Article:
When is the last time you saw an animated film for children that was soothing? Most studios feel obliged to pump up the little tykes with nonstop bustle, eye-frying color and action figure tie-ins, the entertainment equivalent of heavily sugared breakfast cereal. "The Secret World of Arrietty," a Disney release from the Japanese Ghibli animation studio, could hardly be more different. It is less a roller-coaster ride than a peaceful stroll through a beautiful garden.
Ghibli films have a fantastic visual style and tone all their own, and first-time director Hiromasa Yonebayashi adapts Mary Norton's 1952 children's classic "The Borrowers" according to the house rules.
At a leisurely pace we meet Shawn (voiced by David Henrie), who is visiting his grandmother's secluded cottage for some bed rest before a heart surgery. The rolling lawn is a wonderland of flora and fauna, including Arrietty, a thumb-sized "Borrower" whose family lives beneath the floorboards and scavenges for food and necessities while the "beans" sleep in their gigantic beds. Shawn and Arrietty warm to each other's company. He begins leaving tokens near her tiny home -- little notes, sugar cubes and flowers. Her parents (Amy Poehler and Will Arnett) warn her away from any interaction with the big people, while grandmother's servant Hana (Carol Burnett) begins a campaign to prove that the unseen Borrowers do indeed exist.
The film has a sweetly sentimental tone of fantasy and nostalgia as it charts the course of this most unusual summer romance. The little acts of kindness and lingering looks that the new friends share are an idealized portrait of first love. The visual design of the environments and characters is a heady mix of Laura Ashley interiors and Thomas Kinkade landscapes, but it avoids vapid kitsch.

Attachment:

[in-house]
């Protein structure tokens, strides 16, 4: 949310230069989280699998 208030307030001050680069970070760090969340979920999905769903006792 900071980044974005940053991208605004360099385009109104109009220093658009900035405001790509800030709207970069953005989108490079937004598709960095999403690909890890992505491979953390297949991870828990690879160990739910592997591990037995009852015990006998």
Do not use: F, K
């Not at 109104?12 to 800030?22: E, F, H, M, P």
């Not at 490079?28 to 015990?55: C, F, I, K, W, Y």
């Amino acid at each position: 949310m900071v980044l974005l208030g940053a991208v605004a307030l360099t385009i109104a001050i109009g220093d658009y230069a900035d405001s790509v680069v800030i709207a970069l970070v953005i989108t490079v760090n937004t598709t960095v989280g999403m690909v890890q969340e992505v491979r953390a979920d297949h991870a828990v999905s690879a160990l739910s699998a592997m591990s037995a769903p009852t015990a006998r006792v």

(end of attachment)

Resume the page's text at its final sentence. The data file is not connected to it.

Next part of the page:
The use of space, light and shadow draws viewers into "Arrietty's" world, and the inspired sound design gives a sense of how monumental and disorienting a human-scaled house is for characters no larger than a cricket. The domestic details of life in a tiny home are carefully observed. When Arrietty's mother pours tea from a minuscule pot, the surface tension of the liquid makes it come out the spout as a bead.
This is a comforting film and rather a placid one, but not listless. Arrietty, a headstrong redhead, fearlessly stands up to grandmother's pushy cat, and beats back meddlesome insects. The tension here arises mostly from comic conflict with the ogre-like Hana rather than a real sense of danger. This fantasy is a safe space where viewers can escape the harsh, messy realities of daily life.